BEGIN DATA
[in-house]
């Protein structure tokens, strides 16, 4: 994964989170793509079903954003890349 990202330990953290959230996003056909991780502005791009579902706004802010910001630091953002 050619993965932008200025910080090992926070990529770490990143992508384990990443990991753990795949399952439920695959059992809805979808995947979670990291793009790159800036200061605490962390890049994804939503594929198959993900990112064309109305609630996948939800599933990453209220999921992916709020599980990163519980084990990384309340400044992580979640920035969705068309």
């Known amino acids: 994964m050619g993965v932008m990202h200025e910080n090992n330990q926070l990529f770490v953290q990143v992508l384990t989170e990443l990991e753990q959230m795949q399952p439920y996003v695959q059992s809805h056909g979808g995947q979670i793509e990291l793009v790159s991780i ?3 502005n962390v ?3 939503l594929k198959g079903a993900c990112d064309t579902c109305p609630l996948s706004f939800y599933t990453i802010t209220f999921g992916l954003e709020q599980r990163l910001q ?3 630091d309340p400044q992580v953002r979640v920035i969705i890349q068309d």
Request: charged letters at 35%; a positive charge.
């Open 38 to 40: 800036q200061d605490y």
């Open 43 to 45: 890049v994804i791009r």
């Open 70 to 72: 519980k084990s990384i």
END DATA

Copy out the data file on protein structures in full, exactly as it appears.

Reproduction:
[in-house]
């Protein structure tokens, strides 16, 4: 994964989170793509079903954003890349 990202330990953290959230996003056909991780502005791009579902706004802010910001630091953002 050619993965932008200025910080090992926070990529770490990143992508384990990443990991753990795949399952439920695959059992809805979808995947979670990291793009790159800036200061605490962390890049994804939503594929198959993900990112064309109305609630996948939800599933990453209220999921992916709020599980990163519980084990990384309340400044992580979640920035969705068309």
């Known amino acids: 994964m050619g993965v932008m990202h200025e910080n090992n330990q926070l990529f770490v953290q990143v992508l384990t989170e990443l990991e753990q959230m795949q399952p439920y996003v695959q059992s809805h056909g979808g995947q979670i793509e990291l793009v790159s991780i ?3 502005n962390v ?3 939503l594929k198959g079903a993900c990112d064309t579902c109305p609630l996948s706004f939800y599933t990453i802010t209220f999921g992916l954003e709020q599980r990163l910001q ?3 630091d309340p400044q992580v953002r979640v920035i969705i890349q068309d």
Request: charged letters at 35%; a positive charge.
């Open 38 to 40: 800036q200061d605490y």
């Open 43 to 45: 890049v994804i791009r």
């Open 70 to 72: 519980k084990s990384i």